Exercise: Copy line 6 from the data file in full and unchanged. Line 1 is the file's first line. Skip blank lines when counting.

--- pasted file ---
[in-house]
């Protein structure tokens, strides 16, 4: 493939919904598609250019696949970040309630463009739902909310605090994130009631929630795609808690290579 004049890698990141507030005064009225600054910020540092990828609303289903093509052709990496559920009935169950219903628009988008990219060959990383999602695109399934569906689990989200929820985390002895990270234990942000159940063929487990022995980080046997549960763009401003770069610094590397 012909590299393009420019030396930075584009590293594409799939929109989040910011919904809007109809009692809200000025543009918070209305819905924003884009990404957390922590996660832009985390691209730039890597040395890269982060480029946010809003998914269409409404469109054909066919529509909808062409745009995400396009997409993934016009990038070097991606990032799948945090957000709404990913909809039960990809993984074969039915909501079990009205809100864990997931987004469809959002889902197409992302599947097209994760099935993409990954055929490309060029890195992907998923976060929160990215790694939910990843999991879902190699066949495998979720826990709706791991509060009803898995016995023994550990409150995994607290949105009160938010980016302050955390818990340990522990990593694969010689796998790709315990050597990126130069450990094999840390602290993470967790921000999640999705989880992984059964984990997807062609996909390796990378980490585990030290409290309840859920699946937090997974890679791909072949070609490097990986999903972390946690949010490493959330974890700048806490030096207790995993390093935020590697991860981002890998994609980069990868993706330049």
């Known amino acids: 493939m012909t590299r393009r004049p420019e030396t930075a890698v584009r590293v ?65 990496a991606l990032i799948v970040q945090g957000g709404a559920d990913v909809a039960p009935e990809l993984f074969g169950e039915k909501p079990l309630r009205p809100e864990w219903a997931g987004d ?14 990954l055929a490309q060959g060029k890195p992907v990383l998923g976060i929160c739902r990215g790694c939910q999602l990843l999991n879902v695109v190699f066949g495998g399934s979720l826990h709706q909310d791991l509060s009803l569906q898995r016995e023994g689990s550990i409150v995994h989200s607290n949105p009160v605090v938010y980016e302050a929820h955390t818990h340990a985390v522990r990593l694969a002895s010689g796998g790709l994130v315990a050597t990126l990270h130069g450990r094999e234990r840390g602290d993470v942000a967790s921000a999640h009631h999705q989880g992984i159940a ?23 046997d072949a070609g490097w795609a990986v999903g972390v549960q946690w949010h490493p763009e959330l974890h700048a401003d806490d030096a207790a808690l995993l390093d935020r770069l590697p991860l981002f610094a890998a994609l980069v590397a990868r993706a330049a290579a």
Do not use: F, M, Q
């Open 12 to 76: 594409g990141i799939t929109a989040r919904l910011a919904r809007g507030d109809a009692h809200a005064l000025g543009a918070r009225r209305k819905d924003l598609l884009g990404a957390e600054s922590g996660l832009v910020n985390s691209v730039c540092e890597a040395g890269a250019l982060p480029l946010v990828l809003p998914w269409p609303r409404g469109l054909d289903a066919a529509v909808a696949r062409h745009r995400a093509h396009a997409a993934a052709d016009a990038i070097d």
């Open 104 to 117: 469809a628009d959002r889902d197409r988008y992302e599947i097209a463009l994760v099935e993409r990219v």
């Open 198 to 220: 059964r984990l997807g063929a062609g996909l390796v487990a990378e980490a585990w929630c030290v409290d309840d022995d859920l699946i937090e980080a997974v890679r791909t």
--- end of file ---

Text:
């Open 104 to 117: 469809a628009d959002r889902d197409r988008y992302e599947i097209a463009l994760v099935e993409r990219v």